CHICAGO — Chicago will tap its high-rated sales tax credit this week to primarily refund general obligation bonds in a $238 million deal that marks the inaugural market outing by new Mayor Rahm Emanuel’s administration.

The restructuring — which will test the success of city efforts to bolster investor relationships — will achieve 2011 budget relief. It is the latest in a series of planned debt restructurings adopted by Emanuel’s predecessor, Richard Daley, to ease near-term debt service repayment beginning in 2008. Near-term maturities will be pushed out to between 2035 and 2041.

“It’s a higher-rated credit so there is a lower cost to our taxpayers,” Chicago’s chief financial officer, Lois Scott, said of the decision to use the sales tax credit.

The city’s sales tax bonds are rated AAA by Standard & Poor’s, which rates the city’s GOs A-plus. Moody’s Investors Service rates the sales tax bonds Aa2 and the GOs Aa3. Fitch Ratings assigns a AA-minus to both.

The city’s GO credit suffered a round of downgrades last year due to mounting fiscal challenges and a reliance on reserves and other non-recurring revenues to balance past budgets.

The bonds are being sold in two series, a tax-exempt one of $219 million and a taxable one of $19 million.

Loop Capital Markets LLC is senior manager. Bank of America Merrill Lynch and Cabrera Capital Markets LLC are co-seniors.

Austin Meade is financial advisor, Peck Shaffer & Williams LLP and Golden Holley James LLP are bond counsel. Ungaretti & Harris LLP and Sanchez Daniels & Hoffman LLP are underwriters’ counsel.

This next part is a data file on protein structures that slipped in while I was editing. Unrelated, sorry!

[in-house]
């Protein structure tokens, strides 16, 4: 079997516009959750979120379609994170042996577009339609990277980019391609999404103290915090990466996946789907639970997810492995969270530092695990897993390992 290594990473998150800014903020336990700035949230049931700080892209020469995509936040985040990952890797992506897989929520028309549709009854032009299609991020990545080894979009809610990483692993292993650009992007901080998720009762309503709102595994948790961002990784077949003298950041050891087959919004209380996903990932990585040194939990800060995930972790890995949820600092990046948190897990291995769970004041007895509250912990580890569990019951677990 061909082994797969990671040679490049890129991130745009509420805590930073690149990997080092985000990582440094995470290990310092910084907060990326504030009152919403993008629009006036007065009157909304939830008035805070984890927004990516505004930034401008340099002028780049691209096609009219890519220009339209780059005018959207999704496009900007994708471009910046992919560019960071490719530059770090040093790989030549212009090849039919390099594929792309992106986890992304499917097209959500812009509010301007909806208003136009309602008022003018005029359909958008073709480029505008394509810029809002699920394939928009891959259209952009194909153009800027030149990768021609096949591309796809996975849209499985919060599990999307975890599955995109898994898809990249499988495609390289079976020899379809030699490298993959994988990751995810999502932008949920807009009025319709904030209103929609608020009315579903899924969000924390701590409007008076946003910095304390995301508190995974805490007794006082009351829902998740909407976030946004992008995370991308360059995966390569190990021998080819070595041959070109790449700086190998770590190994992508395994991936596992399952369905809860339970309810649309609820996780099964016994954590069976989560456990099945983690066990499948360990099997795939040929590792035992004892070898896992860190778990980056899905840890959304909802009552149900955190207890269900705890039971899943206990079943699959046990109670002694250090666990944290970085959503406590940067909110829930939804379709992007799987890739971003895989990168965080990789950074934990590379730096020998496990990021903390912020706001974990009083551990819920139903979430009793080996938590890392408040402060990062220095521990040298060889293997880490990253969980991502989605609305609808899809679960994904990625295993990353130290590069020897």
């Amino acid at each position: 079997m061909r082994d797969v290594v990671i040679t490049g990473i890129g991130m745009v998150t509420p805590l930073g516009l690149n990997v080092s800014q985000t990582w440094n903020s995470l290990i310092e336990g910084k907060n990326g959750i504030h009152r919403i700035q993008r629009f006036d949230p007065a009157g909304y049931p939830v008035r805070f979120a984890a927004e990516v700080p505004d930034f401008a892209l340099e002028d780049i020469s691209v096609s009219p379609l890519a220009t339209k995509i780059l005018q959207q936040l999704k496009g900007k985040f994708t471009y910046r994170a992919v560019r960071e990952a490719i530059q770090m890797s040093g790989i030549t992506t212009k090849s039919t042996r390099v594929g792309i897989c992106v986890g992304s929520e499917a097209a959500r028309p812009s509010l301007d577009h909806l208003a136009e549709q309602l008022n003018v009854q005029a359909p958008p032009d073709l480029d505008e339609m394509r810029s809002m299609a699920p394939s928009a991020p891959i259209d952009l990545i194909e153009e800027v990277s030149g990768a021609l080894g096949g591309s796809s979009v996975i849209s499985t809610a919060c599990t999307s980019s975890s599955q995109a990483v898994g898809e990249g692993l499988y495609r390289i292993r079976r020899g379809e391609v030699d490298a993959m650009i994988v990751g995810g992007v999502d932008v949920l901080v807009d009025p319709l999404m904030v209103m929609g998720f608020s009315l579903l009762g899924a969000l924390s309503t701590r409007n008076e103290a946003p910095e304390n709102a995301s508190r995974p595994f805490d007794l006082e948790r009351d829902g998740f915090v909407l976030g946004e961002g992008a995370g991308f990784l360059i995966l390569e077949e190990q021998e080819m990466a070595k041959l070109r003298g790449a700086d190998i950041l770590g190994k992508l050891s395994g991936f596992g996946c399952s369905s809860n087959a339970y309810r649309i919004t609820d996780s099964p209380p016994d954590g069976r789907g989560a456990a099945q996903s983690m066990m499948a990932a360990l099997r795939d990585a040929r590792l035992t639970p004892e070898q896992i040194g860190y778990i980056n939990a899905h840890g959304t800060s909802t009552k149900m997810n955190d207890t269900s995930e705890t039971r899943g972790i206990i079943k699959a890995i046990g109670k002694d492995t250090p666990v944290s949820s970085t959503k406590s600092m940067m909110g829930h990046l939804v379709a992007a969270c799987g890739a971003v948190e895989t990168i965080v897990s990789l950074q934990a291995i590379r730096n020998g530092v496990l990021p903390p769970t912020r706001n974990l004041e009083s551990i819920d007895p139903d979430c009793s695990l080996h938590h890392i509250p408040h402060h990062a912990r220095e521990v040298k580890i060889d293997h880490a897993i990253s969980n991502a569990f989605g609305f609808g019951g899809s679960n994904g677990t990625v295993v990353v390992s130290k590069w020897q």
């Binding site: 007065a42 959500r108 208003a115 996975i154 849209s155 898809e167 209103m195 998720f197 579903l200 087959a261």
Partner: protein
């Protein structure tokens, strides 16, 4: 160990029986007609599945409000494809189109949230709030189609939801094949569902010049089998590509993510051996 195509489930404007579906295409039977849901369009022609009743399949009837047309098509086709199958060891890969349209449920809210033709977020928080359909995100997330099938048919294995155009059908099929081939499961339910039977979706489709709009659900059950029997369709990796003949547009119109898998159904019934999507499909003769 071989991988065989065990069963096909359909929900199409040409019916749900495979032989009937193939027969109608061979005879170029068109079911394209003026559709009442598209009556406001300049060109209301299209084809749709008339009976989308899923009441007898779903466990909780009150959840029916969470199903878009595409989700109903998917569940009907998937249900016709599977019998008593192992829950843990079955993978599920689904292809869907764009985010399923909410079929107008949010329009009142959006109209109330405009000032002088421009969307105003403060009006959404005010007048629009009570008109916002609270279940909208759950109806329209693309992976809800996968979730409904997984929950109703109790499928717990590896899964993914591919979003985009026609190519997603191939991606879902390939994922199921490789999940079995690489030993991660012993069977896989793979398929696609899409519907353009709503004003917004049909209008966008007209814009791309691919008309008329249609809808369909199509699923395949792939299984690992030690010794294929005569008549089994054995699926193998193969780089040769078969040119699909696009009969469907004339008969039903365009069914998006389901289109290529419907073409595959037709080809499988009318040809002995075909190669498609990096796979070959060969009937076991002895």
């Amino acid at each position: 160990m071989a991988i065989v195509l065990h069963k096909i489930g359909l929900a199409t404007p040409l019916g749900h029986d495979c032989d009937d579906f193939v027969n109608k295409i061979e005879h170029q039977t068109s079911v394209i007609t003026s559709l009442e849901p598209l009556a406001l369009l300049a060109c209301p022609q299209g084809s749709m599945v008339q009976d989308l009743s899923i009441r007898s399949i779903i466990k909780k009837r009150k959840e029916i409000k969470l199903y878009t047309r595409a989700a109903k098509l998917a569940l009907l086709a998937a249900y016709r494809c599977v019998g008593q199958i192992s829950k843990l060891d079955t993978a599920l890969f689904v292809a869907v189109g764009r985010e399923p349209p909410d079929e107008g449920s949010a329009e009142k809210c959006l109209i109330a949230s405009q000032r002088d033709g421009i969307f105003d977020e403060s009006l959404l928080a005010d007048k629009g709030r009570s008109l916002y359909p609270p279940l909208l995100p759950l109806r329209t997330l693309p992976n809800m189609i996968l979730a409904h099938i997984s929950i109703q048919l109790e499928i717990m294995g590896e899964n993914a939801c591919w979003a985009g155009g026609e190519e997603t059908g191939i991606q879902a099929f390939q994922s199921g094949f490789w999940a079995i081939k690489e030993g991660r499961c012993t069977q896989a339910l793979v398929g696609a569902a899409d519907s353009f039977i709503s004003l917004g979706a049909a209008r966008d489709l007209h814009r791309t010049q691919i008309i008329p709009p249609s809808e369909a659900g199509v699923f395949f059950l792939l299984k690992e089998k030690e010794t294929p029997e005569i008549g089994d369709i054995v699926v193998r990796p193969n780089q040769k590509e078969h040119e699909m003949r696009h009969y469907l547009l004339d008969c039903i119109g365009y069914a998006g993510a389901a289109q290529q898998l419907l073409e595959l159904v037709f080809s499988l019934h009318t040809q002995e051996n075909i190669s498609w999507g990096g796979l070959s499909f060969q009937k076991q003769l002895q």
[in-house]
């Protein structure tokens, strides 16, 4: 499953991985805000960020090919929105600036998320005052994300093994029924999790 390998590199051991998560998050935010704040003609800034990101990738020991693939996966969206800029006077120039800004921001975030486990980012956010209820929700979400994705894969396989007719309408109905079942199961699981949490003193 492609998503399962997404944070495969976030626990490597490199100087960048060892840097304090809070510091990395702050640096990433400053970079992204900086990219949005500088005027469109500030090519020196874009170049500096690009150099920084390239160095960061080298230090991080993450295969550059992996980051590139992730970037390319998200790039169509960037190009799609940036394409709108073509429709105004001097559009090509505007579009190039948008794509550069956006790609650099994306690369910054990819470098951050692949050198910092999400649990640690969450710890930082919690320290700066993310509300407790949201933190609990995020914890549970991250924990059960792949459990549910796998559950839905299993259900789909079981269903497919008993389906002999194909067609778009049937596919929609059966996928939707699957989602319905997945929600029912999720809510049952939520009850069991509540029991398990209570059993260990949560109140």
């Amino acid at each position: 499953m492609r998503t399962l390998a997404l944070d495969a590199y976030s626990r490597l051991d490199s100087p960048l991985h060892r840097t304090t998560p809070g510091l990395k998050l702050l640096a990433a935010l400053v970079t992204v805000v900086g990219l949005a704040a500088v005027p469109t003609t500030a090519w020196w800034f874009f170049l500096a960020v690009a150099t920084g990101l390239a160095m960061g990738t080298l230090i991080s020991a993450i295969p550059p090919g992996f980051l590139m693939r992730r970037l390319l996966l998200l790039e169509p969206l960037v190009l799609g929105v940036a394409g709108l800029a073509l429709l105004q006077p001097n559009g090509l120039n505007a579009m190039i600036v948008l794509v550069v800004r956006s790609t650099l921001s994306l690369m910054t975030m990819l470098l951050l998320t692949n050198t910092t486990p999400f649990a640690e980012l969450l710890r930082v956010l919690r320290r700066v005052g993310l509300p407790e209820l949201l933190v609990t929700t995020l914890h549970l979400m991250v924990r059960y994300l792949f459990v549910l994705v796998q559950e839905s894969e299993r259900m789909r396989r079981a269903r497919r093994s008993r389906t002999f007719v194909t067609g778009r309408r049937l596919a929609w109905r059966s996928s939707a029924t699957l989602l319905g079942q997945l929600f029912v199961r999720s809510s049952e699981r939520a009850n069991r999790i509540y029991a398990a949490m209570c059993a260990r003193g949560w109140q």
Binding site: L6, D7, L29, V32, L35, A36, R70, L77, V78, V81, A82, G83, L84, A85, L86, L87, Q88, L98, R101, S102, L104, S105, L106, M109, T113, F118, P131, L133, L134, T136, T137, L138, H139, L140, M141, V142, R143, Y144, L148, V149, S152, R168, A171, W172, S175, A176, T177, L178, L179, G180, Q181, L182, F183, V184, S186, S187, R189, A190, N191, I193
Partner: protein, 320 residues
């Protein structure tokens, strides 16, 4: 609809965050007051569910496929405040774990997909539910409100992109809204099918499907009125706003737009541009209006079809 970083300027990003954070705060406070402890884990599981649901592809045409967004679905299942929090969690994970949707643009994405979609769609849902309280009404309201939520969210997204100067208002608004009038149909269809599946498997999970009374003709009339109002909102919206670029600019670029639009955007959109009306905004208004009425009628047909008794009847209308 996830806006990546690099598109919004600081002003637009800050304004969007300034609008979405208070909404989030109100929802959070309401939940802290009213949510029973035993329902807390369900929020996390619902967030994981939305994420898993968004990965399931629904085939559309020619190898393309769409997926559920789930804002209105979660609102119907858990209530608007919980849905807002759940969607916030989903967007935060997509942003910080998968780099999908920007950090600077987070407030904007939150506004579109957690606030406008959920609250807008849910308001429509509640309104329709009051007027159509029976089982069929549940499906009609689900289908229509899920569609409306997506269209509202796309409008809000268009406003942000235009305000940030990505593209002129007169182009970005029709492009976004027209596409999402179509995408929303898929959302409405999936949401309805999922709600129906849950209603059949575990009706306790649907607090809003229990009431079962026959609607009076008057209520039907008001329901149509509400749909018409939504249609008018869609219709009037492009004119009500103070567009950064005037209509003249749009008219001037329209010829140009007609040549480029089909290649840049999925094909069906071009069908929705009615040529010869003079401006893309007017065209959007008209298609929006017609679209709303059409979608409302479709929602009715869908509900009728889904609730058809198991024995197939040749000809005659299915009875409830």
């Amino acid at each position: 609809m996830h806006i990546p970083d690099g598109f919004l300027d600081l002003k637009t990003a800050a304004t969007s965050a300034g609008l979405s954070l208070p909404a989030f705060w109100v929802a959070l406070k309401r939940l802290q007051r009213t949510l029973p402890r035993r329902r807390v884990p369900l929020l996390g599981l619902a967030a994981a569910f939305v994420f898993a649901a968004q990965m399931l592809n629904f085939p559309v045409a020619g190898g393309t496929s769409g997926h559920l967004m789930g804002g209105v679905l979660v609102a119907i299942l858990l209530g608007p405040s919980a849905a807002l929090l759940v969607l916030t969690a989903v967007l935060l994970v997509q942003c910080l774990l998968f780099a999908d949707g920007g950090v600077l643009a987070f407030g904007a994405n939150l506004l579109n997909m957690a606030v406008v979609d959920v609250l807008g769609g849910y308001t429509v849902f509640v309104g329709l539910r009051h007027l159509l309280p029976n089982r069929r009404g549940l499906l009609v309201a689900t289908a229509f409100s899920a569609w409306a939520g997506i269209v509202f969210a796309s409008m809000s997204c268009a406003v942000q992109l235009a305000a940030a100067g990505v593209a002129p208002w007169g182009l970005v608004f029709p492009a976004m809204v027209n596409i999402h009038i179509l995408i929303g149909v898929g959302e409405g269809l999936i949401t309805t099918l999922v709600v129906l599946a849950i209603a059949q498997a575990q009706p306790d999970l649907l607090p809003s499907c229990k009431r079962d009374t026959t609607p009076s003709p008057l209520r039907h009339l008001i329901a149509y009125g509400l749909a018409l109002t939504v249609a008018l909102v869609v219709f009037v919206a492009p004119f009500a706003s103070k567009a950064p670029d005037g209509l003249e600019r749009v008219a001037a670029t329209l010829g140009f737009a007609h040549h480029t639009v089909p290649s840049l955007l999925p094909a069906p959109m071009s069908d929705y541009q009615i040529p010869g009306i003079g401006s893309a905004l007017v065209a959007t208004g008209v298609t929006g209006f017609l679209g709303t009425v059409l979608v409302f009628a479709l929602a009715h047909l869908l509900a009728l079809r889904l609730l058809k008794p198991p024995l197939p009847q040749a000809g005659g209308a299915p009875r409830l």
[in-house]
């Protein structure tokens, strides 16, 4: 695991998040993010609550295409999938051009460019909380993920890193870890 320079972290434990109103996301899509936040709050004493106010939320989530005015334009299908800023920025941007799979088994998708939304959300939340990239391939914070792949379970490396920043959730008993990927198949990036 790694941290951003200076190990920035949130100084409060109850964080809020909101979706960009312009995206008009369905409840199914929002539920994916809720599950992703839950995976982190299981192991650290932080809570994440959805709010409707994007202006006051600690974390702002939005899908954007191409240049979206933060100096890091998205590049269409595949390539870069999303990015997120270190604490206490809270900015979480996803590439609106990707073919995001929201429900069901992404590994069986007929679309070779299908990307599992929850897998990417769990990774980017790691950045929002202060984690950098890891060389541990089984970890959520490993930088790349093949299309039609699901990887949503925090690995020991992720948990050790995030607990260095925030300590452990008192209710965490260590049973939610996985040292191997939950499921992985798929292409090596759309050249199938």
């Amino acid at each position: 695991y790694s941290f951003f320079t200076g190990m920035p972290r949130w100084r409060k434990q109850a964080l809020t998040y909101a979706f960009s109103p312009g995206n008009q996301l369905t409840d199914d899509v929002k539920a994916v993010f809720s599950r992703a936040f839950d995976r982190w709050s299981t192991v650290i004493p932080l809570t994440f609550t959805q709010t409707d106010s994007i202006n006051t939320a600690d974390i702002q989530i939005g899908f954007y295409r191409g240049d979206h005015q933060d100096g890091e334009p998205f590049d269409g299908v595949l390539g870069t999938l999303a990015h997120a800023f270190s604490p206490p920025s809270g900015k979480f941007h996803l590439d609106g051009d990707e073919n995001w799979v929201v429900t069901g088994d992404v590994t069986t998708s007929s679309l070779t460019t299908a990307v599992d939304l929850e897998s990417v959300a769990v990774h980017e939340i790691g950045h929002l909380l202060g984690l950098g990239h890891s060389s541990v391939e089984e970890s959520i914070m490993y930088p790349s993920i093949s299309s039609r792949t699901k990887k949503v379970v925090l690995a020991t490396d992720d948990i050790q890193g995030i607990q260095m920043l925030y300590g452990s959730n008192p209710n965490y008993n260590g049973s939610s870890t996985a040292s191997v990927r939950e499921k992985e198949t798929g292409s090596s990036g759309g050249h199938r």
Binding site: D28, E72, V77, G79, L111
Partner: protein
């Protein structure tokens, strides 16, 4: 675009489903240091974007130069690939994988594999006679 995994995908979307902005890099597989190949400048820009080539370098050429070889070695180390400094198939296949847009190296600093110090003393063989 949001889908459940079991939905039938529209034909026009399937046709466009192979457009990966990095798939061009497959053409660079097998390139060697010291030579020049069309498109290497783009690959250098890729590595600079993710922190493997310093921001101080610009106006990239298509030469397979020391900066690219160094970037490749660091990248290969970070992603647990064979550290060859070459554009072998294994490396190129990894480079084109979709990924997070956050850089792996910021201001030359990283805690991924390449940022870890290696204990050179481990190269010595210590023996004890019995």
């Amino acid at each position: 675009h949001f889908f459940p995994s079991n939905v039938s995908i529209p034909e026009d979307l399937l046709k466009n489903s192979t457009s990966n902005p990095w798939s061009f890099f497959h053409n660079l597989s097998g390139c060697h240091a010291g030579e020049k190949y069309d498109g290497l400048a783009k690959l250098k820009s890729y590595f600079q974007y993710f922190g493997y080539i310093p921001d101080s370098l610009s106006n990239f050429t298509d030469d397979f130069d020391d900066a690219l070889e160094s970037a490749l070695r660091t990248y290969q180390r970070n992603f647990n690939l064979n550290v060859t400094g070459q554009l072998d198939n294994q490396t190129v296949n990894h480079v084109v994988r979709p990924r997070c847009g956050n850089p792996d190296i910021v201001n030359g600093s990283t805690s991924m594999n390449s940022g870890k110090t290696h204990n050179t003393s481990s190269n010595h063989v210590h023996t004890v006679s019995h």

The city last month sold notes and has remarketed some series of bonds with new liquidity support, but this sale will mark the first long-term borrowing by the administration and will be followed by a new-money GO issue for up to $500 million later in the month.

With the deal, the city will debut a significantly beefed-up pension disclosure section adding about 30 pages of details on the funds’ financial condition, contribution levels, investment returns, membership and other details.

Chapman and Cutler LLP served as special disclosure counsel to help with the expanded section, said Scott, who Emanuel recruited away from her financial advisory firm to take the post soon after his election early this year.

Chicago is grappling with $15 billion in unfunded liabilities and faces a $550 million increase in annual payments in 2015 under an Illinois mandate. The city’s current statutorily set payment for 2012 to its four funds will rise to $476 million from $450 million this year.

“The unfunded liability to the retirement funds poses significant financial challenges and the city is considering its options to rectify this situation,” the offering statement reads. Those options could include union concessions and possible state legislative action.

The city’s unfunded liabilities totaled $15.3 billion at the close of 2010 based on a fair-market valuation and $14.3 billion on an accrued basis for a funded ratio of 42.7% and 46.6%, respectively.

The expanded section mirrors what many issuers have undertaken due to heightened regulatory scrutiny and investor demands.

Scott said the move is in keeping with Emanuel’s overall push to improve the transparency of government operations by providing better public access to information. “It makes sense to bring that same level of transparency to the investor marketplace,” Scott said.